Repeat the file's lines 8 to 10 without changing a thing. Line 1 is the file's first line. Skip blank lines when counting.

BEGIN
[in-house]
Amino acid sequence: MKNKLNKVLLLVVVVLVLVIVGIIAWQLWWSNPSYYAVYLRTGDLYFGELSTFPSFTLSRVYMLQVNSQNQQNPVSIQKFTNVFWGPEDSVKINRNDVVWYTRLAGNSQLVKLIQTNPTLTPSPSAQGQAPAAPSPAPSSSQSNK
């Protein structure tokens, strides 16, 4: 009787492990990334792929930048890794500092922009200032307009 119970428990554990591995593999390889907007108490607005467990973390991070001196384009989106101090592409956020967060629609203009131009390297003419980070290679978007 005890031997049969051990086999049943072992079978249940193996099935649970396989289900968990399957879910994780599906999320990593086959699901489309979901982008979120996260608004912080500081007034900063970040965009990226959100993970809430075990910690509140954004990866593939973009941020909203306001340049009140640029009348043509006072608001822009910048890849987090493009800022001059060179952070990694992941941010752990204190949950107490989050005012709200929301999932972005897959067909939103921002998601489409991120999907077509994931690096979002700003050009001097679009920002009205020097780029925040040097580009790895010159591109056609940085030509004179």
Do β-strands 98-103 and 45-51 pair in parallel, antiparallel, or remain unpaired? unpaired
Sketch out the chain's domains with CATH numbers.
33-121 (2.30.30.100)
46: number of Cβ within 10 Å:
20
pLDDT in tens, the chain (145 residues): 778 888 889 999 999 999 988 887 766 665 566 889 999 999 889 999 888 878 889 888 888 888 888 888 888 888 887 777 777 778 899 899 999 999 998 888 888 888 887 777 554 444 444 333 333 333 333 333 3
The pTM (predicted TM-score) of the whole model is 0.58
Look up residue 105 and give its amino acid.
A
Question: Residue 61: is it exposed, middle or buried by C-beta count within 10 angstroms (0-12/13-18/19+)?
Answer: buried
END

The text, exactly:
20
pLDDT in tens, the chain (145 residues): 778 888 889 999 999 999 988 887 766 665 566 889 999 999 889 999 888 878 889 888 888 888 888 888 888 888 887 777 777 778 899 899 999 999 998 888 888 888 887 777 554 444 444 333 333 333 333 333 3
The pTM (predicted TM-score) of the whole model is 0.58